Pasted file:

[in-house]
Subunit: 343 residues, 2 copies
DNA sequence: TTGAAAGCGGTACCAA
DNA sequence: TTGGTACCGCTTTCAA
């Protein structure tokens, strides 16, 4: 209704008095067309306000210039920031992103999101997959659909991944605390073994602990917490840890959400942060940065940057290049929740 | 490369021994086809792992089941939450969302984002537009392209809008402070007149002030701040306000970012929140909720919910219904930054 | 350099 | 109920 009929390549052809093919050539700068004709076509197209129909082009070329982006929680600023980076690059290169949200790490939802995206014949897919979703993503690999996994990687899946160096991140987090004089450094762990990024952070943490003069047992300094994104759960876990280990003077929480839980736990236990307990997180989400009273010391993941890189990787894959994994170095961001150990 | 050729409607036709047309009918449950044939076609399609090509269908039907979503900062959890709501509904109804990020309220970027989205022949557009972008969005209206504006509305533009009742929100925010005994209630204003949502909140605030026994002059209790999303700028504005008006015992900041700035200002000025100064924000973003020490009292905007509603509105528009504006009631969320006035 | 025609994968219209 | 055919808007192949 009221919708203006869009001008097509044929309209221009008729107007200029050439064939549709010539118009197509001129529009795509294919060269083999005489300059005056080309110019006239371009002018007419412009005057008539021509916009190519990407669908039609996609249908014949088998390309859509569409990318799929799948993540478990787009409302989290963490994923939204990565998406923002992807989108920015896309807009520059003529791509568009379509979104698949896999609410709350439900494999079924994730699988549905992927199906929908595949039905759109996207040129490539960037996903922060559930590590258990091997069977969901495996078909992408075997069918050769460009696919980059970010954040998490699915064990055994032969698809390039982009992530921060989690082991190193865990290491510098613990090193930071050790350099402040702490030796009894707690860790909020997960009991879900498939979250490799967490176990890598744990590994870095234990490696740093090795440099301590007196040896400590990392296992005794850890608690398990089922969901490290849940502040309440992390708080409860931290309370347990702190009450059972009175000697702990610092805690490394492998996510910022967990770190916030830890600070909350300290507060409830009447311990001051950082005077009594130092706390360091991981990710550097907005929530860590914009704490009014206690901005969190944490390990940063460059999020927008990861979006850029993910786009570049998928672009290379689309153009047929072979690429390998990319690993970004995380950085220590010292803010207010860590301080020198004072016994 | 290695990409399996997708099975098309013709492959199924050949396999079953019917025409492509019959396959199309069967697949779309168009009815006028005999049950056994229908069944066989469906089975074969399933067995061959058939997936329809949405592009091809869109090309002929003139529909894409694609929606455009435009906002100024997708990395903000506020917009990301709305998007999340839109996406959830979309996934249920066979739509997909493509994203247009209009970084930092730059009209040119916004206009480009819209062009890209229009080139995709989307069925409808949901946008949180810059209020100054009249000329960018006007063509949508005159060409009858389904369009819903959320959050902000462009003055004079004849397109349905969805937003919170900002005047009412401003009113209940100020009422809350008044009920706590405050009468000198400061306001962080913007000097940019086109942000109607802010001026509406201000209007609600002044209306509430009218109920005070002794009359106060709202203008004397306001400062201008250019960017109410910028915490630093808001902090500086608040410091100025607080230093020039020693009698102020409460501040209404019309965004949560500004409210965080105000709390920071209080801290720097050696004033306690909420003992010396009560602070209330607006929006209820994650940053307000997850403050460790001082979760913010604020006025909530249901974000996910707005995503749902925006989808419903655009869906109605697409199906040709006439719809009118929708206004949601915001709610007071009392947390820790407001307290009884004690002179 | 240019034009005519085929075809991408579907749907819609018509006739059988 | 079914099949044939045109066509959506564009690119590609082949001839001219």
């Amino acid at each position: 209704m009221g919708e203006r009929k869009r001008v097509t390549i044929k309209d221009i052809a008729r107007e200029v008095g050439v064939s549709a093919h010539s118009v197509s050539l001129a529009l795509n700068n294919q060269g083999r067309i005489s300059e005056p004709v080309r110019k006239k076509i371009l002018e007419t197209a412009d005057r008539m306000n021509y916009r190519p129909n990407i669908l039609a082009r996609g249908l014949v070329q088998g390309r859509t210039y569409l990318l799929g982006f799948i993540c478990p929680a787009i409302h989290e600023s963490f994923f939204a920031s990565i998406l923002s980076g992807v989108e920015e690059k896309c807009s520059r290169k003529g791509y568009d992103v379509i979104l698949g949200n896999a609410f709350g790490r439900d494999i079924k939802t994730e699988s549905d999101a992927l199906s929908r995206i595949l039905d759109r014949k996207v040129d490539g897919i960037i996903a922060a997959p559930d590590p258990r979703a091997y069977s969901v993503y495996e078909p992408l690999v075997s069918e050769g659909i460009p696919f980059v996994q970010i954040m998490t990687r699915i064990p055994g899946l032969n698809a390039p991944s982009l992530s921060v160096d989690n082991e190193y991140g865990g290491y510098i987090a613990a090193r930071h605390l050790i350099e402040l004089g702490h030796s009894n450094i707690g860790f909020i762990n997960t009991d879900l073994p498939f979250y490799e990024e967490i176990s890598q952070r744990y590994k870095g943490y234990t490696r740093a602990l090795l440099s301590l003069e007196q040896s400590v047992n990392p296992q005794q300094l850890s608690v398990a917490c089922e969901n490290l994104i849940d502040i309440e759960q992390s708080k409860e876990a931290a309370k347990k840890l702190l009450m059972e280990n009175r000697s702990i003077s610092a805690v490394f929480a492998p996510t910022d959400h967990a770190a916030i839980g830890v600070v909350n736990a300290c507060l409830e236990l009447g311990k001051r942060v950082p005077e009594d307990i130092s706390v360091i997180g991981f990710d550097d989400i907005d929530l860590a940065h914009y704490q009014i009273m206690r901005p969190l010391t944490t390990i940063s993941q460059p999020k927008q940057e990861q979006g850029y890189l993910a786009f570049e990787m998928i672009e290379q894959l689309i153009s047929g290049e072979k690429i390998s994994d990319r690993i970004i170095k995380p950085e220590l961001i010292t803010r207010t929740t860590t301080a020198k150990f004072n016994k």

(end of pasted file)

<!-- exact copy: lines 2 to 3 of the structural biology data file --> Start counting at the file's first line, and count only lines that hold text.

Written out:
Subunit: 343 residues, 2 copies
DNA sequence: TTGAAAGCGGTACCAA